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Human Relationships: A Never-Ending Security Education Challenge?
July/August 2009 (vol. 7 no. 4)
pp. 65-67
Janne Hagen, Norwegian Defense Research Establishment
Even with high usability of security measures, well-trained and loyal employees don't always behave according to security guidance and may thus represent a security risk. This unexpected behavior is explained by a chain of barriers that employees must overcome to achieve a compliant behavior with security policy requirements. The findings the author reports here open up a discussion on how current information security education might benefit from including more subjects on the human factor.

1. J.M. Hagen, "The Human Factor behind the Security Perimeter: Evaluating the Effectiveness of Organizational Information Security Measures and Employees' Contribution to Security," PhD dissertation submitted to the University of Oslo for defense, 2009.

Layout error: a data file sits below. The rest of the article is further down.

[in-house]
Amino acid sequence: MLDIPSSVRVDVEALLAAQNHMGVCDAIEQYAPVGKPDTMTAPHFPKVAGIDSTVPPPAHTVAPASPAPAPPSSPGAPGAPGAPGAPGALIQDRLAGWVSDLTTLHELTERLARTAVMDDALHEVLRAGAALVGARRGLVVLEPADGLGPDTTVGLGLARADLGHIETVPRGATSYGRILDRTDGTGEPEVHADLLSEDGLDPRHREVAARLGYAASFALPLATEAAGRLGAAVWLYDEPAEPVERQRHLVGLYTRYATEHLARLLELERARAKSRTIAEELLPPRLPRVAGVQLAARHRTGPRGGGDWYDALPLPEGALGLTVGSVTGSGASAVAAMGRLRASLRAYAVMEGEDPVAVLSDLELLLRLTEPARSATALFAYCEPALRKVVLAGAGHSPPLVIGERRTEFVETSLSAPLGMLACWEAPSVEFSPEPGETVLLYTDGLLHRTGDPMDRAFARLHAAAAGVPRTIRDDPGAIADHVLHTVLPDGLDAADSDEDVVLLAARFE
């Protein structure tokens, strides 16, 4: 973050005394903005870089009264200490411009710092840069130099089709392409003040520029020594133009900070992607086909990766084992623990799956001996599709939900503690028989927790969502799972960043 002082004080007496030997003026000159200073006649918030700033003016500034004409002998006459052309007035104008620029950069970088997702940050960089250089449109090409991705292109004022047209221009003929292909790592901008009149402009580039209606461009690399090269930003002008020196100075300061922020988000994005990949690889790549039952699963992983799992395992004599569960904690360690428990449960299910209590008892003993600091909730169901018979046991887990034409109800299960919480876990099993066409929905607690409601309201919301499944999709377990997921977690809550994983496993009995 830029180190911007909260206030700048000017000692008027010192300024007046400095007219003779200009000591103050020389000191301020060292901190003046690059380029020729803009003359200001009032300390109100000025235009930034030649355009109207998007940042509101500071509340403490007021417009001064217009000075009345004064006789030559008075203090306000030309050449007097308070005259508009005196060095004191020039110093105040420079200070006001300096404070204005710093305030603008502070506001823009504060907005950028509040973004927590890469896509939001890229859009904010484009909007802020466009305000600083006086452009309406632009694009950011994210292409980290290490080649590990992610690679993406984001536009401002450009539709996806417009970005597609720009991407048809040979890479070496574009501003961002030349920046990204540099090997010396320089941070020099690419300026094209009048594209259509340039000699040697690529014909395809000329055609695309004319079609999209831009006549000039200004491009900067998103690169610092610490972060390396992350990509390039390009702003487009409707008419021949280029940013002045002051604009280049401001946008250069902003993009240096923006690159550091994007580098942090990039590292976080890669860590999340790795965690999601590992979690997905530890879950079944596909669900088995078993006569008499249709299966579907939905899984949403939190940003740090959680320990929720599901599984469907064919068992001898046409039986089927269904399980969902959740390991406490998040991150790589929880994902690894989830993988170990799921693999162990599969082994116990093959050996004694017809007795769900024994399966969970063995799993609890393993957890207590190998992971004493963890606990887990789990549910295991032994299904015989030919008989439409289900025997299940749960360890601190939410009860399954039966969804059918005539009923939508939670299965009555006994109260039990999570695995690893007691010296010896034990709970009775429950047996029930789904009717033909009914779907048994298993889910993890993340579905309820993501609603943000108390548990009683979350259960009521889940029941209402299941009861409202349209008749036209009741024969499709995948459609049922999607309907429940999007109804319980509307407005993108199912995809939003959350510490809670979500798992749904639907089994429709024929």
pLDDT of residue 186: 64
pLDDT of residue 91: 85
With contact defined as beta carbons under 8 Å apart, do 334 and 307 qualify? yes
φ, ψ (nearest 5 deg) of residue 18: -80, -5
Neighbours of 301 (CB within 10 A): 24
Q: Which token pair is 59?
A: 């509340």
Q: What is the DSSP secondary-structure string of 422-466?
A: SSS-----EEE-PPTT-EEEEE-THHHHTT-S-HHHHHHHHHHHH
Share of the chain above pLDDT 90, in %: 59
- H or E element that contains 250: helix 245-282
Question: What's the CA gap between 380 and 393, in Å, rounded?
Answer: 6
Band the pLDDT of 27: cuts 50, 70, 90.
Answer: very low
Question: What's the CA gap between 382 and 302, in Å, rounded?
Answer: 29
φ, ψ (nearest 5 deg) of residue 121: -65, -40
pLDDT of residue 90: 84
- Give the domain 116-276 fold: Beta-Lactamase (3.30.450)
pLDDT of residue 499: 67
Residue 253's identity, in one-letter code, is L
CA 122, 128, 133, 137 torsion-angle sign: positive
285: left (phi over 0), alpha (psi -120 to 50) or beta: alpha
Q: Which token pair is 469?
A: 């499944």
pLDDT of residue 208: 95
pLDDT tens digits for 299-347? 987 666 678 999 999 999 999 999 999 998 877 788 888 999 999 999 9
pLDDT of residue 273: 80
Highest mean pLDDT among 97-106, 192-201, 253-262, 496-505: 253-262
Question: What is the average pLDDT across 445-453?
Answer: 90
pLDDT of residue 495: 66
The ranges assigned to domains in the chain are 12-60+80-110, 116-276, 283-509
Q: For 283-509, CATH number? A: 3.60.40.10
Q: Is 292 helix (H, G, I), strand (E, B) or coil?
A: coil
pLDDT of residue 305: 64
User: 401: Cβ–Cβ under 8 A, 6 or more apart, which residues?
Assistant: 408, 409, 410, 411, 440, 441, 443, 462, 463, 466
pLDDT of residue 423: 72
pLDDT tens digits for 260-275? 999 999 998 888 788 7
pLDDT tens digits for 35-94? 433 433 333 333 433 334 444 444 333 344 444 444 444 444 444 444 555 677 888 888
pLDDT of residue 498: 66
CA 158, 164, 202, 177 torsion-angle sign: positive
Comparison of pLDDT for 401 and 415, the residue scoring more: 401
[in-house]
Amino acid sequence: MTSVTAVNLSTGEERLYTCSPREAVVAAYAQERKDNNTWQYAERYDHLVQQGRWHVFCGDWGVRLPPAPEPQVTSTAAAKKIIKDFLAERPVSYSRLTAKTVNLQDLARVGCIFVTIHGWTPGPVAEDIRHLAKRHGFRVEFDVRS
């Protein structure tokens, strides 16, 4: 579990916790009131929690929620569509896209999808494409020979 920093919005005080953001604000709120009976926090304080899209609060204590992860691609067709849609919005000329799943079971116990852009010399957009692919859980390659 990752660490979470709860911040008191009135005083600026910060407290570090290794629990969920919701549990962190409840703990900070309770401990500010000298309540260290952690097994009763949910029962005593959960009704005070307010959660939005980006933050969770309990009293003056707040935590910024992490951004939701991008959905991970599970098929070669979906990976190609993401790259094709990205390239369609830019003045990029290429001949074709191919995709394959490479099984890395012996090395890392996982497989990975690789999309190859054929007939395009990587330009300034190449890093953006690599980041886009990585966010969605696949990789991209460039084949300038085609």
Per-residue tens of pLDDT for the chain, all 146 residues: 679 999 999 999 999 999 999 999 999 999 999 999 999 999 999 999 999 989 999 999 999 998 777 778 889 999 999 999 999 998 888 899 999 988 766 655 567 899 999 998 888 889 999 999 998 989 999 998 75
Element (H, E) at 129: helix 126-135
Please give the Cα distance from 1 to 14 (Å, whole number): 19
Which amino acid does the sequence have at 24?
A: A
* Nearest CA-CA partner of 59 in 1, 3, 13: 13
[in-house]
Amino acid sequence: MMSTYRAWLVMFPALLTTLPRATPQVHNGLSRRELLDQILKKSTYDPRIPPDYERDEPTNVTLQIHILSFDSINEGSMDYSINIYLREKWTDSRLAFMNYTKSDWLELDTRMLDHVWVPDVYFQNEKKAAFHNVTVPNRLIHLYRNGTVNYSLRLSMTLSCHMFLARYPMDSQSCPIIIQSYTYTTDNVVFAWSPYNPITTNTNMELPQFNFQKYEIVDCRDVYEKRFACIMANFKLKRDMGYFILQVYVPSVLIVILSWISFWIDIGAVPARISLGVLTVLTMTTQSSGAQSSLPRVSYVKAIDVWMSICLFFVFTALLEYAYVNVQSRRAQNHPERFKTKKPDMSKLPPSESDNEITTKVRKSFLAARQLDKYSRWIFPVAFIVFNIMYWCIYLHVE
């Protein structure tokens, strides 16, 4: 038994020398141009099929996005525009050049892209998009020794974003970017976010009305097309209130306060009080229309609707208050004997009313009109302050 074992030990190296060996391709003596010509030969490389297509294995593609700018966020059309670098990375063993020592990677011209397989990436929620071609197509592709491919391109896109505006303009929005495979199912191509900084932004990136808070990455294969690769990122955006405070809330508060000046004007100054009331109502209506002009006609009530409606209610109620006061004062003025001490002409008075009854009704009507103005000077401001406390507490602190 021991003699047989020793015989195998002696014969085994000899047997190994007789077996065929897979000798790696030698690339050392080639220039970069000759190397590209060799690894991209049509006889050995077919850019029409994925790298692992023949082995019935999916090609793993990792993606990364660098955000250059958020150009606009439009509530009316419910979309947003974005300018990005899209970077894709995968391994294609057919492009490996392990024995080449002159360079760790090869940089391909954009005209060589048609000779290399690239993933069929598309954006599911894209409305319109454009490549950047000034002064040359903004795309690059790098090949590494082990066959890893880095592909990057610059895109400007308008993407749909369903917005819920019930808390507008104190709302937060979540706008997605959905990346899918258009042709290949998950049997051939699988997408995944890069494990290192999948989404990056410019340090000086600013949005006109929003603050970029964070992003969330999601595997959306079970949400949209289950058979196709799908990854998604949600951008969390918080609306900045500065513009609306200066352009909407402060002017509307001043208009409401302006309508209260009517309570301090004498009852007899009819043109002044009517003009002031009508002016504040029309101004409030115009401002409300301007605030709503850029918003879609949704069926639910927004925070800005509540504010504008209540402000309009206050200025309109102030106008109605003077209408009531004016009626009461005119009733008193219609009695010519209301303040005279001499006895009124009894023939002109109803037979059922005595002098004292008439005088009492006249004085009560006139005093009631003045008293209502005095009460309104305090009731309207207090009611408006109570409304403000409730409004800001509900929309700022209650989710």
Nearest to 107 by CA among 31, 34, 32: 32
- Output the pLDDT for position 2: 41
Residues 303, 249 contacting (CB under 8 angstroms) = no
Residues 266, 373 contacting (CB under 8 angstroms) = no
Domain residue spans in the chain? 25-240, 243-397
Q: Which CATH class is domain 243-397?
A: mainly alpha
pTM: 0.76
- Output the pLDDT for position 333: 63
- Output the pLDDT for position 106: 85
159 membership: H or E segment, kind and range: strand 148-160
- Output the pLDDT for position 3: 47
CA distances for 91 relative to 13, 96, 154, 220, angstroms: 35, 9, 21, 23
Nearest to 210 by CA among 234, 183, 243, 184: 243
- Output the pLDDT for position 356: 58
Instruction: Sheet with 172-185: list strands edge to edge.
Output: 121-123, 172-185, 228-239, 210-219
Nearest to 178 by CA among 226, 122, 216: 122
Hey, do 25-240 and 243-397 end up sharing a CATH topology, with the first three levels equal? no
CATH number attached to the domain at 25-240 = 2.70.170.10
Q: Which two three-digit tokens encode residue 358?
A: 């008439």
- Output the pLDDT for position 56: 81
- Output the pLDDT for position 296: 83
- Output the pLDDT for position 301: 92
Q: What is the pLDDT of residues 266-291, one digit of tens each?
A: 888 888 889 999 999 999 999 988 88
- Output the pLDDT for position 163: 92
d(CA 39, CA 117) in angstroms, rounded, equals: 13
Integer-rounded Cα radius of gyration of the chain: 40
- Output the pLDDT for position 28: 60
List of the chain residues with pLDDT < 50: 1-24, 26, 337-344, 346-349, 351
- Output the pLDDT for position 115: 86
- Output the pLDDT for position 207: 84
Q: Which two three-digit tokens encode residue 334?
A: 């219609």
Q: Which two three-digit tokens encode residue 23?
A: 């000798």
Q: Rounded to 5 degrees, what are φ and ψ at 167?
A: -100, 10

2. E. Albrechtsen, Friend or Foe? Information Security Management of Employees, PhD dissertation, Norwegian Univ. Science and Technology, 2008.
3. A. Whitten and J.D. Tygar, "Why Johnny Can't Encrypt: A Usability Evaluation of PGP 5.0," Proc. 8th Conf. Usenix Security Symp., Usenix Assoc., 1999, p. 14.
4. R. Morris and K. Thompson, "Password Security: A Case History," Comm. ACM, vol. 22, no. 11, 1979, pp. 594–597.

Index Terms:
Education, security and privacy, information security, human factors, security usability
Citation:
Janne Hagen, "Human Relationships: A Never-Ending Security Education Challenge?," IEEE Security & Privacy, vol. 7, no. 4, pp. 65-67, July-Aug. 2009, doi:10.1109/MSP.2009.92
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